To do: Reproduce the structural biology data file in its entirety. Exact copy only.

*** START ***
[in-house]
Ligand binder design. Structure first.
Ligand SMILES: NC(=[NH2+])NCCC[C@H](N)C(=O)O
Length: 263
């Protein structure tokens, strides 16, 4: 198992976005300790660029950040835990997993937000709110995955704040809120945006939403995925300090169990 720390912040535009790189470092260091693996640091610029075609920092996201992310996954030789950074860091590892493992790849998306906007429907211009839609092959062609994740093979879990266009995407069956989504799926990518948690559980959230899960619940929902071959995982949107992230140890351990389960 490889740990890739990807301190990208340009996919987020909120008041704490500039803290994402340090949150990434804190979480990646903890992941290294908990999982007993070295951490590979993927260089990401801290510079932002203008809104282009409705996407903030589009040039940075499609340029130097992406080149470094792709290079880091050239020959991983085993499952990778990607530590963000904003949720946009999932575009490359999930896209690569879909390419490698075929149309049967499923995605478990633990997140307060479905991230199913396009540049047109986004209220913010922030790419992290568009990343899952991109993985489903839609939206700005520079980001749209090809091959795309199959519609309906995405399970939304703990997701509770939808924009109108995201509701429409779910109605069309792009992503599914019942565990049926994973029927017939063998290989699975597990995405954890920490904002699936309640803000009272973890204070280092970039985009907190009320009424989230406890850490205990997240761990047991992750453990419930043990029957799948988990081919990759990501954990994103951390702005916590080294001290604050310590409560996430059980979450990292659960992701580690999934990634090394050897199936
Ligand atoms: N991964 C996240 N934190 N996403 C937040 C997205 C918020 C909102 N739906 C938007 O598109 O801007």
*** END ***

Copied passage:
[in-house]
Ligand binder design. Structure first.
Ligand SMILES: NC(=[NH2+])NCCC[C@H](N)C(=O)O
Length: 263
């Protein structure tokens, strides 16, 4: 198992976005300790660029950040835990997993937000709110995955704040809120945006939403995925300090169990 720390912040535009790189470092260091693996640091610029075609920092996201992310996954030789950074860091590892493992790849998306906007429907211009839609092959062609994740093979879990266009995407069956989504799926990518948690559980959230899960619940929902071959995982949107992230140890351990389960 490889740990890739990807301190990208340009996919987020909120008041704490500039803290994402340090949150990434804190979480990646903890992941290294908990999982007993070295951490590979993927260089990401801290510079932002203008809104282009409705996407903030589009040039940075499609340029130097992406080149470094792709290079880091050239020959991983085993499952990778990607530590963000904003949720946009999932575009490359999930896209690569879909390419490698075929149309049967499923995605478990633990997140307060479905991230199913396009540049047109986004209220913010922030790419992290568009990343899952991109993985489903839609939206700005520079980001749209090809091959795309199959519609309906995405399970939304703990997701509770939808924009109108995201509701429409779910109605069309792009992503599914019942565990049926994973029927017939063998290989699975597990995405954890920490904002699936309640803000009272973890204070280092970039985009907190009320009424989230406890850490205990997240761990047991992750453990419930043990029957799948988990081919990759990501954990994103951390702005916590080294001290604050310590409560996430059980979450990292659960992701580690999934990634090394050897199936
Ligand atoms: N991964 C996240 N934190 N996403 C937040 C997205 C918020 C909102 N739906 C938007 O598109 O801007």